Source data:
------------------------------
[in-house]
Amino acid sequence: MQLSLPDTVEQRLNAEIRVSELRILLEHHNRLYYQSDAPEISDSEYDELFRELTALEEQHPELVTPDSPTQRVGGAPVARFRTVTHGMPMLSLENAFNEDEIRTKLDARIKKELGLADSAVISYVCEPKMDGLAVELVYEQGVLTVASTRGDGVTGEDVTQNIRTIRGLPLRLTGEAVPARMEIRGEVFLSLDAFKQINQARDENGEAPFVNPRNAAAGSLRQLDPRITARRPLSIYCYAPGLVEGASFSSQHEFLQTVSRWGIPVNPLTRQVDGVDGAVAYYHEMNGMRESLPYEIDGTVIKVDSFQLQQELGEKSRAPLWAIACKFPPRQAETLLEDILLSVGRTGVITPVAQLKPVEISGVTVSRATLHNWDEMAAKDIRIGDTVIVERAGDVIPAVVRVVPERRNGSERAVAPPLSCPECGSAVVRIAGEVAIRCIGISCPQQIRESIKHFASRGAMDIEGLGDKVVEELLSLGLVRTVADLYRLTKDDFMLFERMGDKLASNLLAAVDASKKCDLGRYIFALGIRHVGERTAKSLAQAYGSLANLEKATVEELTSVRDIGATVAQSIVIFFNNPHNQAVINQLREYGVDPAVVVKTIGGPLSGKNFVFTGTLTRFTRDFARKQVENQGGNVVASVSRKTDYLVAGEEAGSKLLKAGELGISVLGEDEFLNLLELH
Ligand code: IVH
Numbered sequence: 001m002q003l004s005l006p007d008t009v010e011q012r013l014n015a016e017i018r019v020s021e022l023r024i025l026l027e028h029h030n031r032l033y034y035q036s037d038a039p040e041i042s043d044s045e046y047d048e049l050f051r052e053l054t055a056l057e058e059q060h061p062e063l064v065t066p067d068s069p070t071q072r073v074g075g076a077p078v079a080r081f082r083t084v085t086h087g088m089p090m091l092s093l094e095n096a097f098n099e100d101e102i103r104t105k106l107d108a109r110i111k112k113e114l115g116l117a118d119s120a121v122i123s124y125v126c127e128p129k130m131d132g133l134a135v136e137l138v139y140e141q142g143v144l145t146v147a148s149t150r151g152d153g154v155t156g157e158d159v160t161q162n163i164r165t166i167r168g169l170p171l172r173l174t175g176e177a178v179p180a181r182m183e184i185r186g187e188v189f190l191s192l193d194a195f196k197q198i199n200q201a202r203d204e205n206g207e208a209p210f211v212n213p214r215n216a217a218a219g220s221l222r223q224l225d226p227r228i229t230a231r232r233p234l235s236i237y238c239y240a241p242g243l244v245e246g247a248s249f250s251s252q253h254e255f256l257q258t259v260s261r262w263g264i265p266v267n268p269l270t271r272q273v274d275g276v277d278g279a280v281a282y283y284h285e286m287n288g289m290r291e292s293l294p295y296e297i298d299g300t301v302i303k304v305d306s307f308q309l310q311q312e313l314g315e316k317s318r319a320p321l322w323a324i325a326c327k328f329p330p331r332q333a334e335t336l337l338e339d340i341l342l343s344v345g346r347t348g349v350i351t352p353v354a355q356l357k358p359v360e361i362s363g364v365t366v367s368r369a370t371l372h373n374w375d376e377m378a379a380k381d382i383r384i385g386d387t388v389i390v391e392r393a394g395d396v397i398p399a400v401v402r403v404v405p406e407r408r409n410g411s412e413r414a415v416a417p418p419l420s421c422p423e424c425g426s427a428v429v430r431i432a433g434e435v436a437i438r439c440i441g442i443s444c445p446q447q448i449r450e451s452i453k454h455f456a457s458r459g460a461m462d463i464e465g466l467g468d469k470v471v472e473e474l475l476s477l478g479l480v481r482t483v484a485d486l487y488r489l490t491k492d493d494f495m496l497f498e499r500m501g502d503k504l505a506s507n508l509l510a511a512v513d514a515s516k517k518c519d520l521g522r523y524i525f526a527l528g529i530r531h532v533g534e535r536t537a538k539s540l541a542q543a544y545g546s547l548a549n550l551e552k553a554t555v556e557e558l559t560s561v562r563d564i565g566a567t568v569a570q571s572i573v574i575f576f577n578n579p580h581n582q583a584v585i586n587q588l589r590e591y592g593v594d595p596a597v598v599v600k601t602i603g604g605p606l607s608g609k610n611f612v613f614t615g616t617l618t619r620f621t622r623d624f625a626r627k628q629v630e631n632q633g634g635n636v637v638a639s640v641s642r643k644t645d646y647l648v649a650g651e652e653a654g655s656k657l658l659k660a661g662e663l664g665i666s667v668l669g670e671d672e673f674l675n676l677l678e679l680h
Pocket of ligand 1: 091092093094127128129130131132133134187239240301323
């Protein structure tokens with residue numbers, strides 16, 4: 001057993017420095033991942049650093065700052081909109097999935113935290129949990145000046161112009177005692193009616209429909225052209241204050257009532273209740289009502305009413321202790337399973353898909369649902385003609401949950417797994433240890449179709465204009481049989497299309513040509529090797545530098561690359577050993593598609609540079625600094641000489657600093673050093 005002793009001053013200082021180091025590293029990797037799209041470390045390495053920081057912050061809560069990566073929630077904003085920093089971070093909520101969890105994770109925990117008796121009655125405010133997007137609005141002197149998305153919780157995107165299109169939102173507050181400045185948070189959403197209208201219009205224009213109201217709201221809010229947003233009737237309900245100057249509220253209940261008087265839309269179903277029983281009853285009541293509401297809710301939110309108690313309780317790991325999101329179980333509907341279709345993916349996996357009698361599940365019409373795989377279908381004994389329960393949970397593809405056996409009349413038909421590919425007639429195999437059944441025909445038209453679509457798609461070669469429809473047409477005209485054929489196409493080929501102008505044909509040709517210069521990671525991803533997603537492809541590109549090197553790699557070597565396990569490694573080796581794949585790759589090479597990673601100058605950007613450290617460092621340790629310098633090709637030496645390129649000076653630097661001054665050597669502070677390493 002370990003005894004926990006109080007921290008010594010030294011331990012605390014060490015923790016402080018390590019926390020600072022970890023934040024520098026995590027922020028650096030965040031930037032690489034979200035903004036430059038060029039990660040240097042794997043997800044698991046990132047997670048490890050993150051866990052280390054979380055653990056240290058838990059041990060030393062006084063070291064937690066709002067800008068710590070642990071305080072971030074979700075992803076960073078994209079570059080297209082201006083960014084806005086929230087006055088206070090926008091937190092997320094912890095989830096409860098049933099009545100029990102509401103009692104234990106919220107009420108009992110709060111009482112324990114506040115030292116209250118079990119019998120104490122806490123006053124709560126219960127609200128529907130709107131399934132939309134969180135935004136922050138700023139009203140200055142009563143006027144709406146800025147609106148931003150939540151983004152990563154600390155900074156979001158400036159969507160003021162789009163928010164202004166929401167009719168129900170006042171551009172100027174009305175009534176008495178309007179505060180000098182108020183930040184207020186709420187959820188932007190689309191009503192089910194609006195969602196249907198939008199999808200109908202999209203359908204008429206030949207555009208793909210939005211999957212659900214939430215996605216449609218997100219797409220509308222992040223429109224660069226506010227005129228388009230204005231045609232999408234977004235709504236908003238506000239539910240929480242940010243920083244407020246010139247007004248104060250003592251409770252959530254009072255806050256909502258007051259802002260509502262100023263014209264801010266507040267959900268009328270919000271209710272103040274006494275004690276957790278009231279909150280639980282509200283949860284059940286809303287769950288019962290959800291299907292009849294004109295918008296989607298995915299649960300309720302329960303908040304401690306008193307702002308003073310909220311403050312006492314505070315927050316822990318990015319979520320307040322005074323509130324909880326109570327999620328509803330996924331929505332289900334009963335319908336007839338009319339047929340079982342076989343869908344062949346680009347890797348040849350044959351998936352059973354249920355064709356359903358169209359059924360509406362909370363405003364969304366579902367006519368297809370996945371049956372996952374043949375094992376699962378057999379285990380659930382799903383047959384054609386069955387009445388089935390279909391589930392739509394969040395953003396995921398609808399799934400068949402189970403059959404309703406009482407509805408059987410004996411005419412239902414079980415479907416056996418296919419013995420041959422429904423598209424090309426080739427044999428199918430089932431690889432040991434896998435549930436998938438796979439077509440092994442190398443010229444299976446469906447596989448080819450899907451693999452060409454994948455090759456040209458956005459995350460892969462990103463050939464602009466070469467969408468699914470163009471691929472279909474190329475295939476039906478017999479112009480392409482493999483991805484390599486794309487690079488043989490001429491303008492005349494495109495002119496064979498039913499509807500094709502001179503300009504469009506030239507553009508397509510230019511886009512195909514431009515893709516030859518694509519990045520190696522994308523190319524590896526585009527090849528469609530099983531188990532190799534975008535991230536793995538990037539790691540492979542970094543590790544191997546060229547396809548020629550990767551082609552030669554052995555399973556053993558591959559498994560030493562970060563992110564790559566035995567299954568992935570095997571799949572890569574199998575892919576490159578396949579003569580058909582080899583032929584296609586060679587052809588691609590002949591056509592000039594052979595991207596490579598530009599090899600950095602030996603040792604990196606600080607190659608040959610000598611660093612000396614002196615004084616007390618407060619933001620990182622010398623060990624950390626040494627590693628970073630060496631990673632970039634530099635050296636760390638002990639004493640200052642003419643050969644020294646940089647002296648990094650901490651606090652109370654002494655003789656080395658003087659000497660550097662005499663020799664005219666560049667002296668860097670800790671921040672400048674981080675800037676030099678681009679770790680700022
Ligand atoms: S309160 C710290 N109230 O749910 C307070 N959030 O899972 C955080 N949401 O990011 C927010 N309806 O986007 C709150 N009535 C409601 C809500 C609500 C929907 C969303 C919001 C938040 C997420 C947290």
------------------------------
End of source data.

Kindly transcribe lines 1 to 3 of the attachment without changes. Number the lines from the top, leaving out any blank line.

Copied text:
[in-house]
Amino acid sequence: MQLSLPDTVEQRLNAEIRVSELRILLEHHNRLYYQSDAPEISDSEYDELFRELTALEEQHPELVTPDSPTQRVGGAPVARFRTVTHGMPMLSLENAFNEDEIRTKLDARIKKELGLADSAVISYVCEPKMDGLAVELVYEQGVLTVASTRGDGVTGEDVTQNIRTIRGLPLRLTGEAVPARMEIRGEVFLSLDAFKQINQARDENGEAPFVNPRNAAAGSLRQLDPRITARRPLSIYCYAPGLVEGASFSSQHEFLQTVSRWGIPVNPLTRQVDGVDGAVAYYHEMNGMRESLPYEIDGTVIKVDSFQLQQELGEKSRAPLWAIACKFPPRQAETLLEDILLSVGRTGVITPVAQLKPVEISGVTVSRATLHNWDEMAAKDIRIGDTVIVERAGDVIPAVVRVVPERRNGSERAVAPPLSCPECGSAVVRIAGEVAIRCIGISCPQQIRESIKHFASRGAMDIEGLGDKVVEELLSLGLVRTVADLYRLTKDDFMLFERMGDKLASNLLAAVDASKKCDLGRYIFALGIRHVGERTAKSLAQAYGSLANLEKATVEELTSVRDIGATVAQSIVIFFNNPHNQAVINQLREYGVDPAVVVKTIGGPLSGKNFVFTGTLTRFTRDFARKQVENQGGNVVASVSRKTDYLVAGEEAGSKLLKAGELGISVLGEDEFLNLLELH
Ligand code: IVH